In the wake of the Charlie Hebdo tragedy, the undersigned call on our political world leaders to uphold international human rights. It is more important than ever that our governments work to protect journalists, activists and members of the public, without increasing the scope and scale of government intrusions into our private lives.
On January 11, 2015, millions of citizens and world leaders gathered in Paris to march in solidarity and show their support for free expression under the banner “je suis Charlie”. Now is the time for these world leaders to stand by their commitment to protect human rights. The rights to free expression and privacy are intimately linked, and one cannot thrive where the other is threatened. We urge governments around the world to avoid increasing government surveillance measures or violating human rights in the wake of this tragedy.
Moments like this need effective and considered responses and not unwise and restrictive increases in government and law enforcement powers. Already, governments from Canberra to Brussels to Washington have made moves to expand surveillance powers or enact new limitations on speech in the wake of this tragedy.
But more surveillance is not necessarily better surveillance, and increasing the scope and scale of government spying or interfering with freedom of expression is not the answer to all our security or societal problems. French officials have admitted they had prior intelligence, which suggests that neither did inadequate surveillance contribute to these horrific attacks, nor would heightened surveillance have prevented them.
As security failures have happened in spite of extensive surveillance expansion, this is not the time to enact new law enforcement measures. Instead, it is time to stand up for the importance of security that also protects, and does not undermine, human rights. We therefore call on you to:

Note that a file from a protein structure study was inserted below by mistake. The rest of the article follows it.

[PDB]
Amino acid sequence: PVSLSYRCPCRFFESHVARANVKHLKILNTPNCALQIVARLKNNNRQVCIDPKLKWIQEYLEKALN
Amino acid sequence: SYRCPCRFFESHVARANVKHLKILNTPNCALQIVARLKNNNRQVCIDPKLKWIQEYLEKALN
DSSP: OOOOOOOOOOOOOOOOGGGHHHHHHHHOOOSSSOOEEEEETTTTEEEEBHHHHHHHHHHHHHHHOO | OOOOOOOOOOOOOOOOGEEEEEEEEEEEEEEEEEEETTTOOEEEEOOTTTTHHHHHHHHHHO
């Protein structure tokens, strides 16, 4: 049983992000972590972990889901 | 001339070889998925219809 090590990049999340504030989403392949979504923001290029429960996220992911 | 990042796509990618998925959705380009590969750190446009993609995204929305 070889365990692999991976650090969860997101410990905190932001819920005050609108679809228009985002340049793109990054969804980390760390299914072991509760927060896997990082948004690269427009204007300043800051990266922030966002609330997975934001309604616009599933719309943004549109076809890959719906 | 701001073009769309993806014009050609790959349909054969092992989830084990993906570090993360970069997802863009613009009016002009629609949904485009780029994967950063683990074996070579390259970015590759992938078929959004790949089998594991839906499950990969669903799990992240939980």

- Invite the French government to conduct a thorough evaluation of relevant policies, before enacting new laws and policies that can harm fundamental rights;
- Ensure the protection and defence of national level human rights protections, particularly free expression and privacy online and offline;
- Engage citizens and institutions in a public dialogue on targeted solutions that can help protect society while upholding human rights;
- Defend a free and open society where human rights are not only protected, but celebrated, and where diverse viewpoints, including the satirical perspectives embraced by Charlie Hebdo, can be expressed online and offline.
There are no easy or quick solutions. In difficult moments like these, we must hold strong to the values of the society that we want to live in, or we risk undermining those values in the name of saving them. Join us in working toward a better world where free expression, privacy, and other human rights can thrive.
Advocacy for Principled Action in Government
PEN American Center
IT-Political Association of Denmark
Electronic Frontier Foundation
Asociatia pentru Tehnologie si Internet – ApTI
La Quadrature du Net
Initiative für Netzfreiheit
European Digital Rights
Fundacion Via Libre
Alternative Informatics Association
Open Rights Group
Electronic Frontier Finland
Instituto Panameño de Derecho y Nuevas Tecnologías
Radio Free Santa Monica
Daisy Web Promotions
Thai Netizen Network